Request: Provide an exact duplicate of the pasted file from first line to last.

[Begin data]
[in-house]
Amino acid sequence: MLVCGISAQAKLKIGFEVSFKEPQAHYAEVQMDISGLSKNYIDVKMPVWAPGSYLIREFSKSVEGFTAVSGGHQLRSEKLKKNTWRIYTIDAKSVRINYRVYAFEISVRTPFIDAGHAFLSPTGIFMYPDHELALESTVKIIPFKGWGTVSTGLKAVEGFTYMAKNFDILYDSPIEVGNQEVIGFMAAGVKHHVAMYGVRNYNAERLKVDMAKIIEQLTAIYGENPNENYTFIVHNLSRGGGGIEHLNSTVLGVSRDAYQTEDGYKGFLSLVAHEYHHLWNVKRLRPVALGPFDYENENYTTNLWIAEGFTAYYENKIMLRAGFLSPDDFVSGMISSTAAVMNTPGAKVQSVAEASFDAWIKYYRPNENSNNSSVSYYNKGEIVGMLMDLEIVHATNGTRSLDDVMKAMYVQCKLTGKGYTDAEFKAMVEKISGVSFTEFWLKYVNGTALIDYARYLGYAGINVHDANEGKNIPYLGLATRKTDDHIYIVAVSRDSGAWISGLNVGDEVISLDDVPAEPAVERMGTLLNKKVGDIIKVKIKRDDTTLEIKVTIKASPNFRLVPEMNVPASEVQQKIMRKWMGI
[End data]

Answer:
[in-house]
Amino acid sequence: MLVCGISAQAKLKIGFEVSFKEPQAHYAEVQMDISGLSKNYIDVKMPVWAPGSYLIREFSKSVEGFTAVSGGHQLRSEKLKKNTWRIYTIDAKSVRINYRVYAFEISVRTPFIDAGHAFLSPTGIFMYPDHELALESTVKIIPFKGWGTVSTGLKAVEGFTYMAKNFDILYDSPIEVGNQEVIGFMAAGVKHHVAMYGVRNYNAERLKVDMAKIIEQLTAIYGENPNENYTFIVHNLSRGGGGIEHLNSTVLGVSRDAYQTEDGYKGFLSLVAHEYHHLWNVKRLRPVALGPFDYENENYTTNLWIAEGFTAYYENKIMLRAGFLSPDDFVSGMISSTAAVMNTPGAKVQSVAEASFDAWIKYYRPNENSNNSSVSYYNKGEIVGMLMDLEIVHATNGTRSLDDVMKAMYVQCKLTGKGYTDAEFKAMVEKISGVSFTEFWLKYVNGTALIDYARYLGYAGINVHDANEGKNIPYLGLATRKTDDHIYIVAVSRDSGAWISGLNVGDEVISLDDVPAEPAVERMGTLLNKKVGDIIKVKIKRDDTTLEIKVTIKASPNFRLVPEMNVPASEVQQKIMRKWMGI